Author + information
- Xiaoming Jia,
- David Wong,
- Ihab Hamzeh,
- Salim Virani,
- Nasser Lakkis and
- Mahboob Alam
Background: Human immune deficiency virus (HIV) infection is thought to confer increased risk of coronary artery disease and acute coronary syndrome, with an increasing number of HIV+ patients requiring revascularization. Current data on outcomes of HIV+ patients after coronary revascularization have yielded mixed conclusions and are limited by modest sample sizes.
Methods: A systematic review was performed, screening for studies on percutaneous coronary intervention and coronary artery bypass grafting outcomes in HIV+ and HIV- patients. Baseline characteristics and outcomes data were appraised and pooled. Random effect model computing odds ratios (OR) with 95% confidence intervals (CI) was used to estimate effect size for major adverse cardiac events (MACE), in-hospital mortality, overall mortality and target vessel revascularization (TVR).
Results: Seven studies encompassing 955 patients were identified. Baseline characteristics were mostly similar between the two groups except for younger age and less diabetes in the HIV+ compared to the HIV- group, (52.4 vs 55.1, p=0.0015) and (21.8% vs 29.9%, p = 0.0301), respectively. Meta-analysis showed statistically significant increase of MACE in HIV+ patients compared with HIV- patients (OR 1.47, CI 1.04-2.07), which appears to be driven by poorer outcomes after bypass surgery. There was no significant difference in MACE between the two groups when percutaneous coronary intervention was analyzed alone (OR 1.34, CI 0.93-1.94). Moreover, there was no statistically significant difference between HIV+ and HIV- patients in overall mortality (OR 1.63, CI 0.81-3.26), in-hospital mortality (OR 1.15, CI 0.43-3.06) or TVR (OR 1.23, CI 0.80-1.91).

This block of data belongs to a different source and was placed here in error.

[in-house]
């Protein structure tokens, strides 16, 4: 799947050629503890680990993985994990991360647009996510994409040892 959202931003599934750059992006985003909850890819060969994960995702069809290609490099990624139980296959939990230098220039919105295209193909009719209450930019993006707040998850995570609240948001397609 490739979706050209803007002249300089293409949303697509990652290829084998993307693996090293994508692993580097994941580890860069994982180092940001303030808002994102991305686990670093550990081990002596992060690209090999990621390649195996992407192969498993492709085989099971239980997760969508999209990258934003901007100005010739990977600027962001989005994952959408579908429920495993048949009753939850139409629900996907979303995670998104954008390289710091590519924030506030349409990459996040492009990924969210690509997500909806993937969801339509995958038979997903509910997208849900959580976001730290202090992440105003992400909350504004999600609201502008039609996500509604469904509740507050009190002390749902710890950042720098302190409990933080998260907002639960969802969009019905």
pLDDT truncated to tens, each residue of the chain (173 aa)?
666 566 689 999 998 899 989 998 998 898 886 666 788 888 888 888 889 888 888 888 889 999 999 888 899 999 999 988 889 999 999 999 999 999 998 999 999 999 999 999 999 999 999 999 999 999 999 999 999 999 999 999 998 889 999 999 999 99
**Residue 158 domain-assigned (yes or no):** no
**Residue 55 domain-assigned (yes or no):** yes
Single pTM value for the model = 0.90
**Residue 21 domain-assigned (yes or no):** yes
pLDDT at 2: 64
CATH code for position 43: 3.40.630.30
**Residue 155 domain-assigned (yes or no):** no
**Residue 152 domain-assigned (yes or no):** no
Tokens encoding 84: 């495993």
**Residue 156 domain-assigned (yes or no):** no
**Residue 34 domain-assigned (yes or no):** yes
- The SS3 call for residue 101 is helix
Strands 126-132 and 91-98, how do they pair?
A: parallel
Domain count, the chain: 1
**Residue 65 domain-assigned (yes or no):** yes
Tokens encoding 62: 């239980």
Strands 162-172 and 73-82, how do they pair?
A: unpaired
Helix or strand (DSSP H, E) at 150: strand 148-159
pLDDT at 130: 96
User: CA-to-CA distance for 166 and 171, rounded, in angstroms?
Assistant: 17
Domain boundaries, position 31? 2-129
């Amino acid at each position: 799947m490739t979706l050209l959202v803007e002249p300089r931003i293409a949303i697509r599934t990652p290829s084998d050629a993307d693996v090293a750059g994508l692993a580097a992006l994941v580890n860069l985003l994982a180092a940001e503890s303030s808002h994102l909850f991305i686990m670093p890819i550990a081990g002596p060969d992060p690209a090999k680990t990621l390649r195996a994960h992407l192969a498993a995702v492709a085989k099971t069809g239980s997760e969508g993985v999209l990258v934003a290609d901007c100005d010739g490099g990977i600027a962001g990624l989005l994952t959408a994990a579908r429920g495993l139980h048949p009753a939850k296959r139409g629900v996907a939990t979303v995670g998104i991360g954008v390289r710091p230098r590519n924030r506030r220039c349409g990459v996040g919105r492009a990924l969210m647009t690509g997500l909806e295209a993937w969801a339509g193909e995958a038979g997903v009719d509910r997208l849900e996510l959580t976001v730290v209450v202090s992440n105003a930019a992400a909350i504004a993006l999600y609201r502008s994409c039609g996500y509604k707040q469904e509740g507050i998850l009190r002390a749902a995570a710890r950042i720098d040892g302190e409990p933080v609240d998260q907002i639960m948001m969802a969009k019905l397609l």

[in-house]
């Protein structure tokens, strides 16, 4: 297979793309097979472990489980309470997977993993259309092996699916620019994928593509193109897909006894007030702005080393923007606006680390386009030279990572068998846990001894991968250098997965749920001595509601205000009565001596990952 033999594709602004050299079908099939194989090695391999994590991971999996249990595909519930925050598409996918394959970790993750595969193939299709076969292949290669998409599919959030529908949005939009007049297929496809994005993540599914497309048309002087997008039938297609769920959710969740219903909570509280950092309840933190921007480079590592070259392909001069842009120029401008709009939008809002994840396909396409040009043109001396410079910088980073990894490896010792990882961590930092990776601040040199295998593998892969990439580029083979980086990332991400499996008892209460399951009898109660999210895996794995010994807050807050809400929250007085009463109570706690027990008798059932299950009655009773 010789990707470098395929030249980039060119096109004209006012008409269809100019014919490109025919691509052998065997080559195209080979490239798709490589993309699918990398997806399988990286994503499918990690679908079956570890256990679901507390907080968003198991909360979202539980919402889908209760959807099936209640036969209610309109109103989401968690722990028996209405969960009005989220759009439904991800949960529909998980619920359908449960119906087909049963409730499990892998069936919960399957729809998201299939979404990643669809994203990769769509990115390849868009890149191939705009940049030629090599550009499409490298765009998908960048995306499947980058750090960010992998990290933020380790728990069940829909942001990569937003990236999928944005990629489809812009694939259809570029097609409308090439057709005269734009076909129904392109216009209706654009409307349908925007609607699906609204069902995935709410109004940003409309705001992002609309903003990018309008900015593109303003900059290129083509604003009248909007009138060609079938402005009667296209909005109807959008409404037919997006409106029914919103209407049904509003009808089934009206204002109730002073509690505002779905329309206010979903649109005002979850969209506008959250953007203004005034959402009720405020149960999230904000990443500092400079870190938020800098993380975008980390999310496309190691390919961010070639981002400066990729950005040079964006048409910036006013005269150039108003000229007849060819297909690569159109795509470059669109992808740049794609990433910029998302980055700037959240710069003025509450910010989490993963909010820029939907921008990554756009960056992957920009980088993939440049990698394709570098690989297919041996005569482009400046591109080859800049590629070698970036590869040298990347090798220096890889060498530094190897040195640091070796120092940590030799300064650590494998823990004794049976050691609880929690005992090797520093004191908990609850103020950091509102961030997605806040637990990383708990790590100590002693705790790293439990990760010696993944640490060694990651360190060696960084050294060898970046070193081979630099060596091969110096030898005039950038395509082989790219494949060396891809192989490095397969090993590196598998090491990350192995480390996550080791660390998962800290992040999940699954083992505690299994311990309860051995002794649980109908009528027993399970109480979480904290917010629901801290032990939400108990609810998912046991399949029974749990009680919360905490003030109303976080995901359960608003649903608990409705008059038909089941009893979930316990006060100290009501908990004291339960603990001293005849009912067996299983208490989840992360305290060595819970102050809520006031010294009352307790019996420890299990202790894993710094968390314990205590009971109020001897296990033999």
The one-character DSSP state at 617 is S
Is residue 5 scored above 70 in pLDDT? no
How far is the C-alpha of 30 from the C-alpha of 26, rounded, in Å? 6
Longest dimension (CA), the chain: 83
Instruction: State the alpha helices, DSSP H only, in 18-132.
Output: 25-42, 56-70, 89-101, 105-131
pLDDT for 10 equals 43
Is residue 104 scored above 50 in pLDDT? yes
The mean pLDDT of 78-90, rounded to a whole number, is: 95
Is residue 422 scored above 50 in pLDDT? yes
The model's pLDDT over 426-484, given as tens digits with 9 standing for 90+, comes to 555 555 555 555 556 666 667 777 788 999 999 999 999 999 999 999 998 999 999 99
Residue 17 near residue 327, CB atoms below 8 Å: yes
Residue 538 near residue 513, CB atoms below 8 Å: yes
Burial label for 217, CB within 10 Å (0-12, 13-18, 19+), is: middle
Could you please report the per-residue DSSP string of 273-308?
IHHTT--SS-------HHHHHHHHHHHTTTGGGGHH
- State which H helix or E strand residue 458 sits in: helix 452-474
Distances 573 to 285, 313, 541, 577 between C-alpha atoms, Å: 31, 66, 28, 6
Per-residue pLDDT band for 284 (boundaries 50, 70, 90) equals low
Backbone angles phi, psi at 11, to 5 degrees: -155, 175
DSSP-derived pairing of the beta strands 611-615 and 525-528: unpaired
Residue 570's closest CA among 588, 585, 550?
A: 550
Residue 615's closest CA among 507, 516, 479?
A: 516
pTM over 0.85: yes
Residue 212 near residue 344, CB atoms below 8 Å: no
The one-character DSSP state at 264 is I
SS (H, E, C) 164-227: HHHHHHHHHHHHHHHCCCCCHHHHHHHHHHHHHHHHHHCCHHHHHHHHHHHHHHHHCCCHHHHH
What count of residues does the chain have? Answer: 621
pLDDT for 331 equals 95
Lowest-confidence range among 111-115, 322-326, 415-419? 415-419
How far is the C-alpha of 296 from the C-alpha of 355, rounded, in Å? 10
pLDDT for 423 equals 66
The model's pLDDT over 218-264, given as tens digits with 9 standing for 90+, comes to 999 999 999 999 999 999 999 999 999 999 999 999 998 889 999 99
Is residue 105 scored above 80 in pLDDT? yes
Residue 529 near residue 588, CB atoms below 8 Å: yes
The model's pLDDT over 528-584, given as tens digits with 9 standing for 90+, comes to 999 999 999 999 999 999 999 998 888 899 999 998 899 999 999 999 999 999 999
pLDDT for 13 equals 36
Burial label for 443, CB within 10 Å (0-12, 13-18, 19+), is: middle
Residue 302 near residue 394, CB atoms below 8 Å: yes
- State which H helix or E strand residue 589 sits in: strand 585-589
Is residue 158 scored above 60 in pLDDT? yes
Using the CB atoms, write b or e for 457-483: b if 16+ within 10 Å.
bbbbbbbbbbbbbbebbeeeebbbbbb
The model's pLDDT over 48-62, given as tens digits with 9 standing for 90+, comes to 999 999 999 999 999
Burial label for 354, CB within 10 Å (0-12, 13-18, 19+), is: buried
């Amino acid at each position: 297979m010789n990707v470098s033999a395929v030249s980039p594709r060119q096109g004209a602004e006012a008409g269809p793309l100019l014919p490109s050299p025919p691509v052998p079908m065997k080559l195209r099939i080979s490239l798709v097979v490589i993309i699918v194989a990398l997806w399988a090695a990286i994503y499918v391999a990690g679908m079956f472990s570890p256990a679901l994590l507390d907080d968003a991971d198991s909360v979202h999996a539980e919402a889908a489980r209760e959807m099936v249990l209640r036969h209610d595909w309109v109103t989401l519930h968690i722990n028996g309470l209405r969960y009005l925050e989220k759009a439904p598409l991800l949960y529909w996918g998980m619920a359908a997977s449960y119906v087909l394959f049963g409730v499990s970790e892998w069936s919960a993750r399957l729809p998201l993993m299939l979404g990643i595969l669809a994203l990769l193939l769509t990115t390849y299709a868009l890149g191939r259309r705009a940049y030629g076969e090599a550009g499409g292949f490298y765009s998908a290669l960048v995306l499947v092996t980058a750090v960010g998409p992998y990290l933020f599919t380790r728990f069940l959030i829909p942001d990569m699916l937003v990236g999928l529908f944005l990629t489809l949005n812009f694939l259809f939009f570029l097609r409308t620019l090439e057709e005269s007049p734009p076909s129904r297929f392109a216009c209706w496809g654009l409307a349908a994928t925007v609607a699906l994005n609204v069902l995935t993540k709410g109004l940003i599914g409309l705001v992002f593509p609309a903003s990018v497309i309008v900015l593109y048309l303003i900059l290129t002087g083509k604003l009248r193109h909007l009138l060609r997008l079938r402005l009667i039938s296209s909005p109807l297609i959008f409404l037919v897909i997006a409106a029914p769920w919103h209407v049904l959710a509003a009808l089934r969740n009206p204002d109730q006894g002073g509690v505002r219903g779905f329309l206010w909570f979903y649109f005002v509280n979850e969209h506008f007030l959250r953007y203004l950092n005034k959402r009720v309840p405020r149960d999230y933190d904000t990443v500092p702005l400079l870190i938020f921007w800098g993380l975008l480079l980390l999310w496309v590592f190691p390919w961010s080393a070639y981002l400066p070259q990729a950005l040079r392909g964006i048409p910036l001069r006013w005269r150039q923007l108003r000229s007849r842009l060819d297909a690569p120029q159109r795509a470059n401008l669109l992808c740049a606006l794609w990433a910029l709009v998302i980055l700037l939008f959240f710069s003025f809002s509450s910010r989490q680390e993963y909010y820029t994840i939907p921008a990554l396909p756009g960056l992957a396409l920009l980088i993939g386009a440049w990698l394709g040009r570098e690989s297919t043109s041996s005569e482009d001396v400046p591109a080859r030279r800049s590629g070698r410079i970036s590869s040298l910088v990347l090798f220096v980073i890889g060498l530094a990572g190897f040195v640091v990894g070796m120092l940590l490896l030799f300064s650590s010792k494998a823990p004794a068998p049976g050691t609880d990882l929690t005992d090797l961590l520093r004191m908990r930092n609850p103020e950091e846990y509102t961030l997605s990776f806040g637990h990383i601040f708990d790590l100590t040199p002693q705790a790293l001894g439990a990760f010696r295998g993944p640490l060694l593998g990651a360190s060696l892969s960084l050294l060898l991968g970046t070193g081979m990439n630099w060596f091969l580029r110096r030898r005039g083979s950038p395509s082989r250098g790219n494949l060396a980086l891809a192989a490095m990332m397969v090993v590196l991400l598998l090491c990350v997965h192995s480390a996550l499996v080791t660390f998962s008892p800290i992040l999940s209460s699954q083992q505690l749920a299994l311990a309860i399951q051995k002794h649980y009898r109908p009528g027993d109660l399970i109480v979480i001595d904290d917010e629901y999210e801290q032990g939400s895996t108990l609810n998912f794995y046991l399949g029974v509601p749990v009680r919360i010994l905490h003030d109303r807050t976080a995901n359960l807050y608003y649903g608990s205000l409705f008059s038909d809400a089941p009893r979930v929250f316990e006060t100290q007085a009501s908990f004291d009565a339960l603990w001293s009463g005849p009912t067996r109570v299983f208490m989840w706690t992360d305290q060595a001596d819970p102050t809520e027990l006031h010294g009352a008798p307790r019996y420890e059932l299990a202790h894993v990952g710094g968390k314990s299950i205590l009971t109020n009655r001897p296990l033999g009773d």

Conclusions: No significant mortality difference was observed between HIV+ and HIV- patients. HIV infection was associated with increased cardiovascular events after coronary revascularization, which was primarily driven by worse outcomes seen after bypass surgery. However, the number of studies in this group was limited.
Poster Hall, Hall C
Sunday, March 19, 2017, 9:45 a.m.-10:30 a.m.
Session Title: Interventional Cardiology: PCI in Complex Patients
Abstract Category: 19. Interventional Cardiology: Complex Patients/Comorbidities
Presentation Number: 1287-193
- 2017 American College of Cardiology Foundation